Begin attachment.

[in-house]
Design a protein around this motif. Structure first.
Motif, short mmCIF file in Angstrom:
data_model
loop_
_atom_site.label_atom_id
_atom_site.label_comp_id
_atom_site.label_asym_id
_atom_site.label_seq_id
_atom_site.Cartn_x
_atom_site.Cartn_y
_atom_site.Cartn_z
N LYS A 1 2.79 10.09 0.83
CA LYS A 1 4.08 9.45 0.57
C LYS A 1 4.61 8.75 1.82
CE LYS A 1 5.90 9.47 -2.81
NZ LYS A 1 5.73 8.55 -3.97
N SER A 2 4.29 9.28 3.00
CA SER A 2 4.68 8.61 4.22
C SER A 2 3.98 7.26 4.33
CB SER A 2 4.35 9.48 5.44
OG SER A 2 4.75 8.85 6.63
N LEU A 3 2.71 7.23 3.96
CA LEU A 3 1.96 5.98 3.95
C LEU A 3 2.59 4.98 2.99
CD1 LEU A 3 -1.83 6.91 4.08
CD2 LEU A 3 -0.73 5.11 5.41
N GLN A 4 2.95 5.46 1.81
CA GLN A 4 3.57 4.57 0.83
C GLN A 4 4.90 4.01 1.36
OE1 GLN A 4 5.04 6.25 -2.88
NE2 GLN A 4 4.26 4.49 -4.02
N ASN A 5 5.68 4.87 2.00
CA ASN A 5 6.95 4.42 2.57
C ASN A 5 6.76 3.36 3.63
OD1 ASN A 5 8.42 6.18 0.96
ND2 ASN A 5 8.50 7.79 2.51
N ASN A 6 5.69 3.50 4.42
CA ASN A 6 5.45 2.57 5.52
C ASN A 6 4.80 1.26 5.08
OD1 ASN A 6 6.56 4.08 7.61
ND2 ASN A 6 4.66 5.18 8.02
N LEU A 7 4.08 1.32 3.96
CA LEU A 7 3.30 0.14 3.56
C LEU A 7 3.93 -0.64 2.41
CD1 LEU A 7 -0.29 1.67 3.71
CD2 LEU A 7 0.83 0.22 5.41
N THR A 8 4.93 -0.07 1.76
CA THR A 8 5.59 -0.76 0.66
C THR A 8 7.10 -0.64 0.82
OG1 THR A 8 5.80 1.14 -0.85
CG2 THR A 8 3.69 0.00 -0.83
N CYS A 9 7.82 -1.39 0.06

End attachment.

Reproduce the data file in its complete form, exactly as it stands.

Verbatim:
[in-house]
Design a protein around this motif. Structure first.
Motif, short mmCIF file in Angstrom:
data_model
loop_
_atom_site.label_atom_id
_atom_site.label_comp_id
_atom_site.label_asym_id
_atom_site.label_seq_id
_atom_site.Cartn_x
_atom_site.Cartn_y
_atom_site.Cartn_z
N LYS A 1 2.79 10.09 0.83
CA LYS A 1 4.08 9.45 0.57
C LYS A 1 4.61 8.75 1.82
CE LYS A 1 5.90 9.47 -2.81
NZ LYS A 1 5.73 8.55 -3.97
N SER A 2 4.29 9.28 3.00
CA SER A 2 4.68 8.61 4.22
C SER A 2 3.98 7.26 4.33
CB SER A 2 4.35 9.48 5.44
OG SER A 2 4.75 8.85 6.63
N LEU A 3 2.71 7.23 3.96
CA LEU A 3 1.96 5.98 3.95
C LEU A 3 2.59 4.98 2.99
CD1 LEU A 3 -1.83 6.91 4.08
CD2 LEU A 3 -0.73 5.11 5.41
N GLN A 4 2.95 5.46 1.81
CA GLN A 4 3.57 4.57 0.83
C GLN A 4 4.90 4.01 1.36
OE1 GLN A 4 5.04 6.25 -2.88
NE2 GLN A 4 4.26 4.49 -4.02
N ASN A 5 5.68 4.87 2.00
CA ASN A 5 6.95 4.42 2.57
C ASN A 5 6.76 3.36 3.63
OD1 ASN A 5 8.42 6.18 0.96
ND2 ASN A 5 8.50 7.79 2.51
N ASN A 6 5.69 3.50 4.42
CA ASN A 6 5.45 2.57 5.52
C ASN A 6 4.80 1.26 5.08
OD1 ASN A 6 6.56 4.08 7.61
ND2 ASN A 6 4.66 5.18 8.02
N LEU A 7 4.08 1.32 3.96
CA LEU A 7 3.30 0.14 3.56
C LEU A 7 3.93 -0.64 2.41
CD1 LEU A 7 -0.29 1.67 3.71
CD2 LEU A 7 0.83 0.22 5.41
N THR A 8 4.93 -0.07 1.76
CA THR A 8 5.59 -0.76 0.66
C THR A 8 7.10 -0.64 0.82
OG1 THR A 8 5.80 1.14 -0.85
CG2 THR A 8 3.69 0.00 -0.83
N CYS A 9 7.82 -1.39 0.06